The letter said: “The CBA is deeply concerned that HMCTS is using the Covid-19 pandemic as an excuse to drive through, without meaningful consultation, reforms to court operating hours that have previously been shown to be unworkable and discriminatory…

“We understand from our client that this is likely to have an immediate impact on the diversity of the junior bar and composition of jury panels. There is a well-founded fear, based on reports from a cross-section of the CBA membership, that the introduction of the scheme would accelerate the departure of many including junior female practitioners, in particular, from the profession.”

There would also be a discriminatory impact on the basis of race. Mishcon noted that less complex cases would be dealt with during extended hours – these were “typically dealt with by more junior practitioners who are more likely to be from black or minority ethnic backgrounds.

Those of certain religions or with certain disabilities could also be put at “a particular disadvantage”, it said.

The letter recounted that HMCTS had acknowledged in a webinar that there was a possibility that barristers with caring responsibility, who are disproportionately women, would not be given briefs by their chambers or clients may decline or wish to change their representation if their lawyer cannot attend an extended hours hearing, rather than wait for a standard hours one.

Mishcon has also written to HMCTS to request that it suspend the move given the shortcomings of its work to assess the equality implications.

In its response, the Law Society said it remained to be convinced that Covid operating hours have so far delivered, or would deliver in future, any significant additional court capacity.

President David Greene said: “Although more cases have been disposed of during Covid operating hours, it appears to have been largely due to the fact that shorter, less complex cases are allocated for these times, which means that a greater number of cases can be allocated, and therefore a greater number of those cases crack.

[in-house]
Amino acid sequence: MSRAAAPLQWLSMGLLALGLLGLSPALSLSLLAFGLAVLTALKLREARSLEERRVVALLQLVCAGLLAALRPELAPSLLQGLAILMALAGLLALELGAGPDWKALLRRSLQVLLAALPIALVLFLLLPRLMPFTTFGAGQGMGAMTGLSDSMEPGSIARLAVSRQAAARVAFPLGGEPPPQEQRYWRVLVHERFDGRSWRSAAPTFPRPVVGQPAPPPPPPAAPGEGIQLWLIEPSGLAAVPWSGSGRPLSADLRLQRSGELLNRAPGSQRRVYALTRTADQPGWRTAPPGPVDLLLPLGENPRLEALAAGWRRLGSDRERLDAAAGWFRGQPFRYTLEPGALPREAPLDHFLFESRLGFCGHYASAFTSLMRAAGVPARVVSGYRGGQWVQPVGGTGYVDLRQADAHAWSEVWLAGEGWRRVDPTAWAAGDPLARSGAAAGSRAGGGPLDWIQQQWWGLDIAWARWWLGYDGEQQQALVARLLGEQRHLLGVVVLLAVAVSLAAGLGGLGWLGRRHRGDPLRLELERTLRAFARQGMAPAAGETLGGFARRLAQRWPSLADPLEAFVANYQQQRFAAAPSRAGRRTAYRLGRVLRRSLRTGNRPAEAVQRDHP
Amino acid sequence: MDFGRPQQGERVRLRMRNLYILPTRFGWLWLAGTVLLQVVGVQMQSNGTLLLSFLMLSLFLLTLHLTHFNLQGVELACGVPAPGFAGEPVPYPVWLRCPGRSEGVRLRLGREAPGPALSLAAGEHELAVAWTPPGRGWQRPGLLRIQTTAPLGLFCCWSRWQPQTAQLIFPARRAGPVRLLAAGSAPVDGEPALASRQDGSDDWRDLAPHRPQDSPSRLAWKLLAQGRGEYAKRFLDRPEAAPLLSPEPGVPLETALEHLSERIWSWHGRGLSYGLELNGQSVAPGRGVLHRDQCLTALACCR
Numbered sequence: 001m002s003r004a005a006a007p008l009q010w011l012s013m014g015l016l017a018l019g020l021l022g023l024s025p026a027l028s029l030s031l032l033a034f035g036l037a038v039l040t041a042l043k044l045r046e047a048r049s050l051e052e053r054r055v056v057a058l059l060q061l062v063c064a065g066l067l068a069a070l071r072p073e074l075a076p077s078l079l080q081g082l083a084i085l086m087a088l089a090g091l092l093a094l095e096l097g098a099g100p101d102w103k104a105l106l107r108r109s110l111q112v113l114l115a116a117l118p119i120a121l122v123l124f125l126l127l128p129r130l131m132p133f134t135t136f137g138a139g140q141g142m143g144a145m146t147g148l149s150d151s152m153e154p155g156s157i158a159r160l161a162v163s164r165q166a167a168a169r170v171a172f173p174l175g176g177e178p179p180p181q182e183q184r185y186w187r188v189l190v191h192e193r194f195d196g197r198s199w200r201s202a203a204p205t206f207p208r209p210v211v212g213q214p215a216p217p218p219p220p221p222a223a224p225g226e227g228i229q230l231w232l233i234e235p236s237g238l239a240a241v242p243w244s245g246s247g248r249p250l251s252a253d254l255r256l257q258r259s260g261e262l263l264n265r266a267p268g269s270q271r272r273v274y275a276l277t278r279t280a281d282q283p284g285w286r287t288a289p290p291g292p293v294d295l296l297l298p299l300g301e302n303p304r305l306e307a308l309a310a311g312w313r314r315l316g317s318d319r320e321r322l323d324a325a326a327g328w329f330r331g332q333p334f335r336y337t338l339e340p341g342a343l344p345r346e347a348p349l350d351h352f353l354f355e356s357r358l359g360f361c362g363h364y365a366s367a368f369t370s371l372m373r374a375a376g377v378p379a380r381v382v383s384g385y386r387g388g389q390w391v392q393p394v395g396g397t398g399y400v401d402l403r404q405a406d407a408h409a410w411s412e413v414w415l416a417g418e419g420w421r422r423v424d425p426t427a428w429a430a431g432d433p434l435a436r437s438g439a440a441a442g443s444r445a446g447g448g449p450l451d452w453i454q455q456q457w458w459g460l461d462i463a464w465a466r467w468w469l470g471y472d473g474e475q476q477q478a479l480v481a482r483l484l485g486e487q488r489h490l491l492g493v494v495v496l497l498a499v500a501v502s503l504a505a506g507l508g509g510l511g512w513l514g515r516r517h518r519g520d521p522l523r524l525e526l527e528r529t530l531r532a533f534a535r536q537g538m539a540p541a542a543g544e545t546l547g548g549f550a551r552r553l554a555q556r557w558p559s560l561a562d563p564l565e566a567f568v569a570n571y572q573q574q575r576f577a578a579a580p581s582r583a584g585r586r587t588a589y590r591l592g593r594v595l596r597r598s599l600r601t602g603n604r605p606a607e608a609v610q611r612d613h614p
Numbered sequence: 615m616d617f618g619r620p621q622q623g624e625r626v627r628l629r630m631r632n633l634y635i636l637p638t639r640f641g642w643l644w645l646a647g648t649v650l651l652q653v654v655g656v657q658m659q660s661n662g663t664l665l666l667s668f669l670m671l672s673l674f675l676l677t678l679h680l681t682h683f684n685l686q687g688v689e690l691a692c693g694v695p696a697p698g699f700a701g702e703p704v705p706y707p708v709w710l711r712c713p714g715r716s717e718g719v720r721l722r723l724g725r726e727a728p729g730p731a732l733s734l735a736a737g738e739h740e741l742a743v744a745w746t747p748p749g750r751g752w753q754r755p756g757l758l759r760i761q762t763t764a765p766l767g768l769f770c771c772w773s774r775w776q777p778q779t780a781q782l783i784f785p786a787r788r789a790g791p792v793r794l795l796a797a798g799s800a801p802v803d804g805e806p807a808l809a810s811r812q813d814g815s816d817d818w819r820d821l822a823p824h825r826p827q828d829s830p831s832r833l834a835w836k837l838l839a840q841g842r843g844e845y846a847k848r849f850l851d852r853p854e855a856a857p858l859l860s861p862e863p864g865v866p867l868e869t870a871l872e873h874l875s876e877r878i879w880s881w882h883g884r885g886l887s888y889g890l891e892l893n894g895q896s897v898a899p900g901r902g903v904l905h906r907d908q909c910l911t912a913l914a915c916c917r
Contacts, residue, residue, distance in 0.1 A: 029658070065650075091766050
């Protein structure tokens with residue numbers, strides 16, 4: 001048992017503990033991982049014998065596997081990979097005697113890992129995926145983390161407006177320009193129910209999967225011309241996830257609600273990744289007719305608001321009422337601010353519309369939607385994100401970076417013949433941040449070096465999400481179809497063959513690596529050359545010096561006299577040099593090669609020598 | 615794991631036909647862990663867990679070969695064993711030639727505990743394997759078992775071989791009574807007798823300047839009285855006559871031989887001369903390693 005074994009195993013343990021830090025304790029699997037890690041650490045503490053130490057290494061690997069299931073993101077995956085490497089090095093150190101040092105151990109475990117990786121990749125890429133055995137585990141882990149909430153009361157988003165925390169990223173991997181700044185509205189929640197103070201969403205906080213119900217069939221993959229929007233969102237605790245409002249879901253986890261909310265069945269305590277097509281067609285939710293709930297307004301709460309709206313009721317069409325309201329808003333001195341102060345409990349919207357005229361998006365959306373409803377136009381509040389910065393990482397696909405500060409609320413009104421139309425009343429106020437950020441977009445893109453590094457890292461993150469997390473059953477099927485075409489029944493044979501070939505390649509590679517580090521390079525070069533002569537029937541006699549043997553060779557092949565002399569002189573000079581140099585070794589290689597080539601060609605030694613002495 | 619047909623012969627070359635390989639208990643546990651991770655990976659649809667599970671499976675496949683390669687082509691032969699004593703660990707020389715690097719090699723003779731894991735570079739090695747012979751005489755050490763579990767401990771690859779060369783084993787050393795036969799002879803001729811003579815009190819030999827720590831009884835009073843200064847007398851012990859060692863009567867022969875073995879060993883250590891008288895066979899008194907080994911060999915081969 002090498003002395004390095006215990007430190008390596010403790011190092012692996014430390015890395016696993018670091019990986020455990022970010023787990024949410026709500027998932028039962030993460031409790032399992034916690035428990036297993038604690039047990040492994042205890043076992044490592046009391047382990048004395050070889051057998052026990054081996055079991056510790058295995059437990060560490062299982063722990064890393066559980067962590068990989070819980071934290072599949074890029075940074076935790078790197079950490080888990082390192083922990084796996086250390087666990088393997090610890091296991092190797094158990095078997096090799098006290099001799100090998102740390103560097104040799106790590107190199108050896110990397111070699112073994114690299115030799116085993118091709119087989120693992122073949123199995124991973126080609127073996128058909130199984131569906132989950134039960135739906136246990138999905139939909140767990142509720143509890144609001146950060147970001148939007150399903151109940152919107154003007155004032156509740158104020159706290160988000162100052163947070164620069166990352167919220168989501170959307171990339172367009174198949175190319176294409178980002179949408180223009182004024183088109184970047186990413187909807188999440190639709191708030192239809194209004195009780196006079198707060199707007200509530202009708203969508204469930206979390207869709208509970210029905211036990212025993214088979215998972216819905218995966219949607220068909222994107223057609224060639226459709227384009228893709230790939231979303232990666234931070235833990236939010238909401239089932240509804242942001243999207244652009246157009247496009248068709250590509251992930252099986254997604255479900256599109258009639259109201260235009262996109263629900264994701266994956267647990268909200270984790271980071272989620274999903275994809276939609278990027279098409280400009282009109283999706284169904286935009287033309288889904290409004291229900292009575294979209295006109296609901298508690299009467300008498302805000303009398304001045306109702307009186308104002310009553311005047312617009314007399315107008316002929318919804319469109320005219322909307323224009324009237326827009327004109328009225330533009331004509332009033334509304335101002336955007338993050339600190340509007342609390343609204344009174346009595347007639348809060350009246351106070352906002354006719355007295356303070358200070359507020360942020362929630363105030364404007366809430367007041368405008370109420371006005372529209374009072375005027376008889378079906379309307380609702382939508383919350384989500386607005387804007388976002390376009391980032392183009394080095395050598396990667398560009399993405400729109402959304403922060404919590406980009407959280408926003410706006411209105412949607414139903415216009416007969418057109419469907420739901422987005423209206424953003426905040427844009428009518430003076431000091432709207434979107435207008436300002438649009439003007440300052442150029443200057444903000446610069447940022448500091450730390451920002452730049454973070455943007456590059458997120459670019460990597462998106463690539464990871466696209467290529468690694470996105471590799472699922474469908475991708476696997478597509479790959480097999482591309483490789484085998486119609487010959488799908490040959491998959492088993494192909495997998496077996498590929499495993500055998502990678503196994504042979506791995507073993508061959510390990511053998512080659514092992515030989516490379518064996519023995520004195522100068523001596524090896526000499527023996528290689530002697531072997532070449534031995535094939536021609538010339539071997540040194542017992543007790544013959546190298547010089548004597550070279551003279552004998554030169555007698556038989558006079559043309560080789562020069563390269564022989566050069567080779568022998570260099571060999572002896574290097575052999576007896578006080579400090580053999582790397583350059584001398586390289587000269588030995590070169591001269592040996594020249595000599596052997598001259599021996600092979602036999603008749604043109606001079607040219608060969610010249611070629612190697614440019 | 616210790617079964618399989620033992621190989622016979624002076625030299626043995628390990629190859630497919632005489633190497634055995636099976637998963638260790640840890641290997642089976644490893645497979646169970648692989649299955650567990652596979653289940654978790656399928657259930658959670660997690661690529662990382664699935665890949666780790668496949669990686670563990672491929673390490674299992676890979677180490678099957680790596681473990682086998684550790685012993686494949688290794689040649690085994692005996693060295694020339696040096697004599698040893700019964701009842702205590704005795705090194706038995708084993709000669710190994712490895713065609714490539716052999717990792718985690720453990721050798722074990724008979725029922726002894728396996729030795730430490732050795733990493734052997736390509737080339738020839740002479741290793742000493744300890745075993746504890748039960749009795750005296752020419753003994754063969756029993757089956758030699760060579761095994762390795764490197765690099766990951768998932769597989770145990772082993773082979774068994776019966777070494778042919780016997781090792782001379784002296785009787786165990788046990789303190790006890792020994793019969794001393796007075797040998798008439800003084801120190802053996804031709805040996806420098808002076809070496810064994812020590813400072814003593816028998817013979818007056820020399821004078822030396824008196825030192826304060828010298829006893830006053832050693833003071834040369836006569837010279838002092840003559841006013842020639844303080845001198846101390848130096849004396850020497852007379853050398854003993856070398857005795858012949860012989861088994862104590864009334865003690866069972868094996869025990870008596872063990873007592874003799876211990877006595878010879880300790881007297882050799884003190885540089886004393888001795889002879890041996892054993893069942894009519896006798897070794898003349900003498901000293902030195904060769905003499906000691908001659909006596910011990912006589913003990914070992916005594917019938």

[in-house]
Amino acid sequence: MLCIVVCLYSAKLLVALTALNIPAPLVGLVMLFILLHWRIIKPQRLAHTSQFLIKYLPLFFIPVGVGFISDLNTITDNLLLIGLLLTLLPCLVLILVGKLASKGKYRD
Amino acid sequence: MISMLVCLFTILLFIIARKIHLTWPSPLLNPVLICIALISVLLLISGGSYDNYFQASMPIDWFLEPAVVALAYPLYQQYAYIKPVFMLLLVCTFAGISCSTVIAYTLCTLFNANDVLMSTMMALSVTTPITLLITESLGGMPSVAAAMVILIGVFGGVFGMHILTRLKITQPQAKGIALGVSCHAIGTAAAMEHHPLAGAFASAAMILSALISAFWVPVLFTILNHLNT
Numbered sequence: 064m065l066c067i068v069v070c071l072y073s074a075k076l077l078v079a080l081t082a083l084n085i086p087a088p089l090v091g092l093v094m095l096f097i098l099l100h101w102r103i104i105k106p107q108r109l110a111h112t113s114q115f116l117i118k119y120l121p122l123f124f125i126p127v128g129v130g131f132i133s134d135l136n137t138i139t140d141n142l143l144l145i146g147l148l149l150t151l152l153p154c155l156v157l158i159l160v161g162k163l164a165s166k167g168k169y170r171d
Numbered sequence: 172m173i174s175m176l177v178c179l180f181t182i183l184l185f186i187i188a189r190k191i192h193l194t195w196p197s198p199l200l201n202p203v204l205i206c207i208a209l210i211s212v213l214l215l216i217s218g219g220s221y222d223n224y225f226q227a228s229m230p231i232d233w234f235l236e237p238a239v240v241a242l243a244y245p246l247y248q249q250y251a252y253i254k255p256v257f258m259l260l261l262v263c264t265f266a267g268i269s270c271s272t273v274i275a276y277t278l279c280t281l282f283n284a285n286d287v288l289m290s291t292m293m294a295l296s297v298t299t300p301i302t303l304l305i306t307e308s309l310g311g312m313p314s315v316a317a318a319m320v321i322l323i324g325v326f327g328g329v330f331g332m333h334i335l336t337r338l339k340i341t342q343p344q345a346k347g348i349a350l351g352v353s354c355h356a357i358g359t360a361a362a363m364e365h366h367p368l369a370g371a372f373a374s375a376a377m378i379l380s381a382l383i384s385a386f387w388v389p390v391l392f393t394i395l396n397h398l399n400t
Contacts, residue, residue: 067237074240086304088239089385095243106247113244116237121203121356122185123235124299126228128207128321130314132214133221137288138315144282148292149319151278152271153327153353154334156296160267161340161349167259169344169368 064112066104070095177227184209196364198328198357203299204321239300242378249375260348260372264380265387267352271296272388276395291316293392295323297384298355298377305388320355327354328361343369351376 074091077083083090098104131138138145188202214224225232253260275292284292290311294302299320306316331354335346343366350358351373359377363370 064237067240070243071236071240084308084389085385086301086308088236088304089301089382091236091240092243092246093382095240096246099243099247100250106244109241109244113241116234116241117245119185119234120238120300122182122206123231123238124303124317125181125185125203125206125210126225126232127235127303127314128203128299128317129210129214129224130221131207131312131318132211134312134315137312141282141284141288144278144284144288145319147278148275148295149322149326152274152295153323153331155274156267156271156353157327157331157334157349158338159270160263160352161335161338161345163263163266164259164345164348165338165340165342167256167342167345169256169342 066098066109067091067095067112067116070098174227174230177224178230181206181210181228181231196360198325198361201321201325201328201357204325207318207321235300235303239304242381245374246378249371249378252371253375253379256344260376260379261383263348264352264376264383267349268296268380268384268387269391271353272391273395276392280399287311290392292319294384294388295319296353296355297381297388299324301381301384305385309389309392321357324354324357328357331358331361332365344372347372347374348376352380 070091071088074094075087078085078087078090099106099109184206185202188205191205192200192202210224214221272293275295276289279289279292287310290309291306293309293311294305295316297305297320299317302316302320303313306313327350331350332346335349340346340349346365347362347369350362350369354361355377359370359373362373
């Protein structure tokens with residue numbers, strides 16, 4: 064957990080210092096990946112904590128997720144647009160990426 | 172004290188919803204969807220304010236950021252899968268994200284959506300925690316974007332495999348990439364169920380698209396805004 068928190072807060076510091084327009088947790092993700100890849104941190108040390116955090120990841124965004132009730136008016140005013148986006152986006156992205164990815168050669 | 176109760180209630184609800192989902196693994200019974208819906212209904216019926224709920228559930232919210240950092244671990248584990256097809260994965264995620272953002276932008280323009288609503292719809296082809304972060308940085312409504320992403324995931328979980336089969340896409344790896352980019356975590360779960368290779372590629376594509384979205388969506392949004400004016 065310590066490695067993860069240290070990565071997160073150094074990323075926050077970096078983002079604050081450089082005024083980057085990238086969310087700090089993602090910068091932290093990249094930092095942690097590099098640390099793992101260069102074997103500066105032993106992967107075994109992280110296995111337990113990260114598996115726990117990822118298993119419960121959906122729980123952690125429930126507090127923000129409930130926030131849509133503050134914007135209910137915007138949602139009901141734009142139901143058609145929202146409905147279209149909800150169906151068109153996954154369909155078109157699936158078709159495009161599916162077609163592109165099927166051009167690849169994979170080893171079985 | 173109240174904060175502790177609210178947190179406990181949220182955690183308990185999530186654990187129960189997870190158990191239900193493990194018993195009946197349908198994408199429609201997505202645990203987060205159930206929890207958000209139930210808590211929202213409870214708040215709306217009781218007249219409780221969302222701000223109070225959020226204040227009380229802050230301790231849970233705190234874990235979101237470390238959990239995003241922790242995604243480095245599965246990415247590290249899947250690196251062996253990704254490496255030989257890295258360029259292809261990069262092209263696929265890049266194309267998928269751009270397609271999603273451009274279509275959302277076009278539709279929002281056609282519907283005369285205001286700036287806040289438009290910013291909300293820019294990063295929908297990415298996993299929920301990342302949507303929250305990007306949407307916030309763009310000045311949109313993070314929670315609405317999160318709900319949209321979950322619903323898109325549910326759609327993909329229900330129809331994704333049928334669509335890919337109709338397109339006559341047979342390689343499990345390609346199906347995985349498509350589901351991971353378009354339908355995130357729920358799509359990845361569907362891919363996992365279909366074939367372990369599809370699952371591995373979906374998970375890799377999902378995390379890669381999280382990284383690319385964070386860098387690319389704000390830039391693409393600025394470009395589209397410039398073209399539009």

“It’s our view that the vast majority of the benefits observed in the pilots would equally have been delivered had the same mix of cases been allocated to courts operating normal court hours.

“Given the additional costs of running Covid operating hours courts we do not believe these proposals deliver value for money for the taxpayer or will achieve the objective of clearing the backlog.

“We are also concerned about the potential for discrimination to members with caring responsibilities.

“We believe the additional resources it takes to run Covid operating hours should instead be used to open additional Nightingale courts – which would increase court capacity and do much more to reduce the case backlogs.”

The society also expressed concerns about the short consultation timeframe, insufficient data to support the roll-out and a lack of transparency around the duration of the proposals.